By Rep. Ben Cline
As our nation battles the coronavirus and looks at ways to unify the country in the wake of the killing of George Floyd, we returned to Washington this week to continue discussions regarding these and other pressing matters facing America. There is much that needs to be done, and I look forward to working with my colleagues in these trying times to move the nation forward.
Judiciary Committee Hearing on Police Reform
Across the street from the Capitol above the Supreme Court is inscribed “Equal Justice Under Law.” In these troubling times, I stand with my fellow Americans in condemning the brutal killing of George Floyd and so many others who have been denied that equal justice under the law. This week, the Judiciary Committee held a hearing to discuss bipartisan solutions to encourage greater transparency, training, and accountability in our police departments. And while this Committee has enacted significant reforms to our criminal justice system in the recent past, I am disappointed that so many of my colleagues on the other side of the aisle seem less focused on enacting real reforms and more focused on “defunding the police.” This simply is not a realistic option. Our dedicated police officers who serve our communities work to ensure that lawlessness does not prevail in our streets and neighborhoods. The anarchy unfolding within Seattle’s “Autonomous Zone” is a perfect example of what “Defund the Police” would look like across America.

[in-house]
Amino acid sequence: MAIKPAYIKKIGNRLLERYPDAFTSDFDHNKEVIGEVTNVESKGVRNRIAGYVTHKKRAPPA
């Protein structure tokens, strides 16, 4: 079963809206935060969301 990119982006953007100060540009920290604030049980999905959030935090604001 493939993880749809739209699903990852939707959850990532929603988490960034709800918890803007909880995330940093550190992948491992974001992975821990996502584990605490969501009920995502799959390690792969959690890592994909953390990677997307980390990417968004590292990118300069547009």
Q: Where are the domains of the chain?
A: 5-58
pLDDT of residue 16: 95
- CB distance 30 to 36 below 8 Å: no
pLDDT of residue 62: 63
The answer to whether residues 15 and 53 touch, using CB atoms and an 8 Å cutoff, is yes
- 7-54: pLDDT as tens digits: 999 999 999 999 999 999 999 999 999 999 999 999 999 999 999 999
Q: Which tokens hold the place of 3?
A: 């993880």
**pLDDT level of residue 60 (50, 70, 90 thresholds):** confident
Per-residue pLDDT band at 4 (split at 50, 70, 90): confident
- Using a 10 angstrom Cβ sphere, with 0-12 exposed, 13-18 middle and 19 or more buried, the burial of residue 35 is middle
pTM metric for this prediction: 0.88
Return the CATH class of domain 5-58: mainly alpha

Walter Scott Notification Act
As Congress strives to make reforms to policing, I was proud to join my colleagues in introducing the Walter Scott Notification Act this week. Named for Walter Scott, an unarmed black man who was shot and killed by the police, this bill will require states that receive federal policing grants to include in their reporting additional information about officer-involved shootings. Under the legislation, states would be required to submit several data points including, name, race, description of event, and overall circumstances that led to the weapon being discharged. States that fail to abide by the requirements could be subject to a reduction in federal grant funds.